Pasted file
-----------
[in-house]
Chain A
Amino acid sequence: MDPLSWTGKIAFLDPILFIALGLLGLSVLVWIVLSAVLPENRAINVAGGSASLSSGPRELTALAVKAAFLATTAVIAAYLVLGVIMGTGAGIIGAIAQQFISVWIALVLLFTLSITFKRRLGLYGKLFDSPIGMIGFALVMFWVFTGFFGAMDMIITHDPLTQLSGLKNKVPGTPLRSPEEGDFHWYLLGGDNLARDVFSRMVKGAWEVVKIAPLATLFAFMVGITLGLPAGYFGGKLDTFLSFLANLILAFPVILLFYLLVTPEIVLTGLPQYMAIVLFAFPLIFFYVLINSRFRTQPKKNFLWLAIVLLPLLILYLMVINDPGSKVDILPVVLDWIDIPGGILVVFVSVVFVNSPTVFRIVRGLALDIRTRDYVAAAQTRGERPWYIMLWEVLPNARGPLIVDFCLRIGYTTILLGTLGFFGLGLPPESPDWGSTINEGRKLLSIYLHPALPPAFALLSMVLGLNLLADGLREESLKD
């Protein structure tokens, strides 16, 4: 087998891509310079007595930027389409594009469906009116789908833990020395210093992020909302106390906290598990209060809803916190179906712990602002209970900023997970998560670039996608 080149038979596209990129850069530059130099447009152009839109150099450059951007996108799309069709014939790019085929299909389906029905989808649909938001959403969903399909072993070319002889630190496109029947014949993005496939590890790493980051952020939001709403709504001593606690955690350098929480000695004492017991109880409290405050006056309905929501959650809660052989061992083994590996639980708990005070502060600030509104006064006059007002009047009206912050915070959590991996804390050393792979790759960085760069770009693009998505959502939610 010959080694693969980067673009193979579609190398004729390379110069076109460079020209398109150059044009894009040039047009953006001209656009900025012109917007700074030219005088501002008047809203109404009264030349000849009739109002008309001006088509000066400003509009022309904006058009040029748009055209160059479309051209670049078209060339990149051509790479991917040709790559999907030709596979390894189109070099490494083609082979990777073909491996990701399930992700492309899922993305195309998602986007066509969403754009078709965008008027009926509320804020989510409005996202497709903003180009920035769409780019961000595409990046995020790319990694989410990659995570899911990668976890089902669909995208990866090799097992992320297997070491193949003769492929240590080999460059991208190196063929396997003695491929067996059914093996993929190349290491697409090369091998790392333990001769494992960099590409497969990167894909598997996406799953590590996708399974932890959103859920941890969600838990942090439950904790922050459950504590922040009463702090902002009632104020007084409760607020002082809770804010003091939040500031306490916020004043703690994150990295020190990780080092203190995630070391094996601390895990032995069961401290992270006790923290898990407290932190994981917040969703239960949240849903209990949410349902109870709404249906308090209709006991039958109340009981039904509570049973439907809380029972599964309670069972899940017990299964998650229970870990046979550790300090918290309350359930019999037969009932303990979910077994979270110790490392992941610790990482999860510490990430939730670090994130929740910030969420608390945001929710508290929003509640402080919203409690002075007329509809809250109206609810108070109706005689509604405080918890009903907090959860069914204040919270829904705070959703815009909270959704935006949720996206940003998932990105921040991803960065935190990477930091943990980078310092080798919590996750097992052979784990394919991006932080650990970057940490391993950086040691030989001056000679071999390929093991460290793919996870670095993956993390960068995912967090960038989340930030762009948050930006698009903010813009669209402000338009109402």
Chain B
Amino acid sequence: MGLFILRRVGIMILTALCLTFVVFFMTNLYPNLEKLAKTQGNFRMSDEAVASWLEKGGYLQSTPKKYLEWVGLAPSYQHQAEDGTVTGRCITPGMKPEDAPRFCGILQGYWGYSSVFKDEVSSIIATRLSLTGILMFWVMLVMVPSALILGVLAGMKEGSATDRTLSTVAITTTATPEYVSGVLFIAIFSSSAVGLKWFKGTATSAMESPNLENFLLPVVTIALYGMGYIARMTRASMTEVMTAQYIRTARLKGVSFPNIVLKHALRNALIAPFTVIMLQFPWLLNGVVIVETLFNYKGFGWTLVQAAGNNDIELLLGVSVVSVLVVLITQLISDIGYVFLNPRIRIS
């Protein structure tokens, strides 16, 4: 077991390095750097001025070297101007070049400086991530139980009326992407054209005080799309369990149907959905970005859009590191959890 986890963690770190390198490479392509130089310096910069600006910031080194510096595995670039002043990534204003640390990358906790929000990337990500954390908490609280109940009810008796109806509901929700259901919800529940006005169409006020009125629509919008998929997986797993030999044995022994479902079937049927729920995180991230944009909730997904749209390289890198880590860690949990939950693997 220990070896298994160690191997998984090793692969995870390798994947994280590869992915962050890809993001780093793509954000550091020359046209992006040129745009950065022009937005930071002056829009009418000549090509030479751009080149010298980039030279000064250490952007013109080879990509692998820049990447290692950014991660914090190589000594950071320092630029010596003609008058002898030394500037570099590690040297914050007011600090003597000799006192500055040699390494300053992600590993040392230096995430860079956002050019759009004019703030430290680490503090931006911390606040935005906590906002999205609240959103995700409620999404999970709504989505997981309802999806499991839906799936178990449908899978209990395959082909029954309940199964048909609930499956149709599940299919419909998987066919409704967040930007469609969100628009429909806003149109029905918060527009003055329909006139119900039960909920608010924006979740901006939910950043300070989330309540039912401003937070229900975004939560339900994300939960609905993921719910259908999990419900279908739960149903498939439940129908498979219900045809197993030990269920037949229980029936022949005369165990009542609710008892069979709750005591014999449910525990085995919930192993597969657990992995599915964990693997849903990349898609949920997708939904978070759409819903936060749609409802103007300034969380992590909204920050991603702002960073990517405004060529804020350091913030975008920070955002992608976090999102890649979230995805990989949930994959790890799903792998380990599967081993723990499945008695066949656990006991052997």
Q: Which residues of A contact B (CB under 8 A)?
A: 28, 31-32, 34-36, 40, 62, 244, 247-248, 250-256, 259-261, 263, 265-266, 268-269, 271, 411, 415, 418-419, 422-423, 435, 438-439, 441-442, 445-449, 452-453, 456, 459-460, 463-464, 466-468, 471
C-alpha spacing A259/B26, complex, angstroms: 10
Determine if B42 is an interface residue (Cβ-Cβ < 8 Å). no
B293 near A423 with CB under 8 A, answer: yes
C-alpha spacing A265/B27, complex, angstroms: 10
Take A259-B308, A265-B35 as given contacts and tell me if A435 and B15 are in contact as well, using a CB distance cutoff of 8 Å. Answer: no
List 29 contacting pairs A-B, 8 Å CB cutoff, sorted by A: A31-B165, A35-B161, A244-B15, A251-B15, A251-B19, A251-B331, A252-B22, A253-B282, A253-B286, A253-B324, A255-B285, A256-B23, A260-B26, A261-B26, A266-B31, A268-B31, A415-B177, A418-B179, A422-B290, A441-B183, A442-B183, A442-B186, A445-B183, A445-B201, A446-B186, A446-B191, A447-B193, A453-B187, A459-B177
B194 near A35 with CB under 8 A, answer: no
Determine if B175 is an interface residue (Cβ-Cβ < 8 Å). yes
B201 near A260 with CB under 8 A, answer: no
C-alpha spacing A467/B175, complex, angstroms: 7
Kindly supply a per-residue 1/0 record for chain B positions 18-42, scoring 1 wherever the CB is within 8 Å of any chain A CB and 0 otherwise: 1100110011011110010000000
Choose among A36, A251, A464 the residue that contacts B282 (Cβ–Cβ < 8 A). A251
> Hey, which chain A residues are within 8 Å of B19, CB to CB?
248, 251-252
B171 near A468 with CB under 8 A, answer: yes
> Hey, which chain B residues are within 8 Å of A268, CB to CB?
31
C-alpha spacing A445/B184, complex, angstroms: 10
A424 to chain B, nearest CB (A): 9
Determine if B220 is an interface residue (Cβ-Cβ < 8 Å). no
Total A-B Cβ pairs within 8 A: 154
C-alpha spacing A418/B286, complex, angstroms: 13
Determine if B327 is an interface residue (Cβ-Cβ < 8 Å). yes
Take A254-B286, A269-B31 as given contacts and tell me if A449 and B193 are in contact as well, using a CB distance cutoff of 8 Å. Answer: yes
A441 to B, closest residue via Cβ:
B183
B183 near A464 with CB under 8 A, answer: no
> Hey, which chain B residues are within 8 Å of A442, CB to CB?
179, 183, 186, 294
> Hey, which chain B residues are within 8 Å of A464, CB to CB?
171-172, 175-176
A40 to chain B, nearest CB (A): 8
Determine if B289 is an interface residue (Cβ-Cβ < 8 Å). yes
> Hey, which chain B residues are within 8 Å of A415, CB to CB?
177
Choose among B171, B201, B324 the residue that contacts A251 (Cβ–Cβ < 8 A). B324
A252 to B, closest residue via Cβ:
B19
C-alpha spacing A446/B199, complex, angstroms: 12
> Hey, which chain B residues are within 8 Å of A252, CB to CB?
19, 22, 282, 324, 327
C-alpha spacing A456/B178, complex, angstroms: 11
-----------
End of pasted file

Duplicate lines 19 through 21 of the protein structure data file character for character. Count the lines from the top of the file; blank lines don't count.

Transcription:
C-alpha spacing A467/B175, complex, angstroms: 7
Kindly supply a per-residue 1/0 record for chain B positions 18-42, scoring 1 wherever the CB is within 8 Å of any chain A CB and 0 otherwise: 1100110011011110010000000
Choose among A36, A251, A464 the residue that contacts B282 (Cβ–Cβ < 8 A). A251